VAIL — In third grade, students learn about the life cycles of animals and how those life cycles vary among species. Now in its 18th year, Betty Ford Alpine Gardens’ annual butterfly has become a rite of spring for nearly a generation of area children.
Every May, the Alpine Gardens partner with Eagle and Lake County public and private elementary schools to provide third-grade students a hands-on educational experience to better understand how nature changes larvae into butterflies. This dynamic learning project helps meet the National Science Education Standards curriculum content for grades K-8. The children, their teachers, and other members of the community join together for a celebratory release of hundreds of Painted Lady butterflies Thursday at noon. The afternoon event includes interactive learning games, a visit from the Denver Butterfly Pavilion and live entertainment.
Butterflies undergo complete metamorphosis with four distinct stages, the egg, larvae, pupa and adult butterfly. The eggs are mint green and barrel-shaped and hatch in three to five days. The larva or caterpillar molts five times as it grows over the course of 12-18 days and the pupa or chrysalis stage lasts about 10 days. Adult butterflies live for just two weeks.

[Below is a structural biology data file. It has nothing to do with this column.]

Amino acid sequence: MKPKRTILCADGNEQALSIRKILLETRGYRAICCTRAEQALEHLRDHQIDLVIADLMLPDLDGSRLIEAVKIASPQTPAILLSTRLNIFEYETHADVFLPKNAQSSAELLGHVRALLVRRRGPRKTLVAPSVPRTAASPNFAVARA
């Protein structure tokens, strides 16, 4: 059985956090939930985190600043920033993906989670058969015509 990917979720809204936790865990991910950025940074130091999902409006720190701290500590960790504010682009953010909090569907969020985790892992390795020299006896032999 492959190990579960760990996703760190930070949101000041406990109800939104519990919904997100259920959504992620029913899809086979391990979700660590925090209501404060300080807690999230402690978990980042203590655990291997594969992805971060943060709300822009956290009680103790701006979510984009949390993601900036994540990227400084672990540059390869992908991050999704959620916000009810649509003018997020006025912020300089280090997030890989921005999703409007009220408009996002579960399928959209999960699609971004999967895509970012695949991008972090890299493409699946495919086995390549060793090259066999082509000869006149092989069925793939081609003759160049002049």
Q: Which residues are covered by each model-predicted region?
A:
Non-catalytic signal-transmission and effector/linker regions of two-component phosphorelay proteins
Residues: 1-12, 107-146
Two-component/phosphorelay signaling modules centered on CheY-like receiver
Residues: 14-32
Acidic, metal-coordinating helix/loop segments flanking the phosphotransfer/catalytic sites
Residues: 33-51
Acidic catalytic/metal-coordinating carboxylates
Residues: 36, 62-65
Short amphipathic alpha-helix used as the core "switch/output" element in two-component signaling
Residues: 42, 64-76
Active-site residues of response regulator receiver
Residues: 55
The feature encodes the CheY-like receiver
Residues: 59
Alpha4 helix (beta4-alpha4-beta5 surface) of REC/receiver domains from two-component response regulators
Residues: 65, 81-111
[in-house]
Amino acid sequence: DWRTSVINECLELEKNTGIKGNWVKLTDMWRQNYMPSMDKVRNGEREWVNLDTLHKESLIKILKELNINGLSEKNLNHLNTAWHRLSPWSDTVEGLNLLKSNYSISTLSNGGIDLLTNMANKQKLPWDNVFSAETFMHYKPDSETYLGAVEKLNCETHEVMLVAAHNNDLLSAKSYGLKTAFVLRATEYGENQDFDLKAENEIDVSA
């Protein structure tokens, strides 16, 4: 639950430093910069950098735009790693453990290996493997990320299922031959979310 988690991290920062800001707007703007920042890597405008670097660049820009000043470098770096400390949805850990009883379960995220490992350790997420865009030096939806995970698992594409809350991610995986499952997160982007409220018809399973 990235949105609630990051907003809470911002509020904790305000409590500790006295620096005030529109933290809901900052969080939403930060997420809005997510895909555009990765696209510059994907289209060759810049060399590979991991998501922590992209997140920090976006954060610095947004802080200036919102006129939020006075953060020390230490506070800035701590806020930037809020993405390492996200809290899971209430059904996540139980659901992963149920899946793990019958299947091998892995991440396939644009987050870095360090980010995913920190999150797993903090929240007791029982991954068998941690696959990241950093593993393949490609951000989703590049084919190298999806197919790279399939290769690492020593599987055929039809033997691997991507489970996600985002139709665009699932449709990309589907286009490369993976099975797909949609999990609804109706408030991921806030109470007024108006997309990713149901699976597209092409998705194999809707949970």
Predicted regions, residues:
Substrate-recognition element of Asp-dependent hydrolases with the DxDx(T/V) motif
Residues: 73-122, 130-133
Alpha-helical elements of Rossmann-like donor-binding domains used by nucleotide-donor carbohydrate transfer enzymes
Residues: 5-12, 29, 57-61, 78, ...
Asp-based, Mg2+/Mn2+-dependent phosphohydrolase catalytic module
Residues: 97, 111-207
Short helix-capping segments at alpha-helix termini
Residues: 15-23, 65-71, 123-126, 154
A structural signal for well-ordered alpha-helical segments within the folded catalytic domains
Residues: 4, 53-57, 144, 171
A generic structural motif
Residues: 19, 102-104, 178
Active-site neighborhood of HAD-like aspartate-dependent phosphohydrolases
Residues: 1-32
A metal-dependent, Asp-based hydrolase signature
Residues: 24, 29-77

“It is so refreshing for the student to get out of the classroom and into nature – especially in the spring. We are honored to once again host this incredible life sciences event” says Nicola Ripley, the gardens’ executive director.”
The students — from 27 classrooms in both public and private schools in Eagle and Lake County — were supplied with butterfly kits including a viewing net, caterpillars and food. Over the course of a month, they’ve raised the caterpillars, watching as each pupated and turned into a Painted Lady Butterfly ready to take flight.
This year’s Butterfly Launch is underwritten by United Way of the Eagle River Valley, Alpine Bank, Slifer Smith and Frampton Real Estate and the Holy Cross Energy Round-Up Foundation.
Betty Ford Alpine Gardens is the highest botanical garden in North America and serves as an outdoor classroom for families, from grand-parents to toddlers, to discover the wonders of the Rocky Mountains. The Gardens also serves as an important biological resource showcasing one of the best collections of alpine plants in the world. Located in the heart of Ford Park, the Alpine Gardens provides free access to an estimated 100,000 visitors annually.
For more information about the Betty Ford Alpine Gardens, call 970-476-0103 or visit www.bettyfordalpinegardens.org.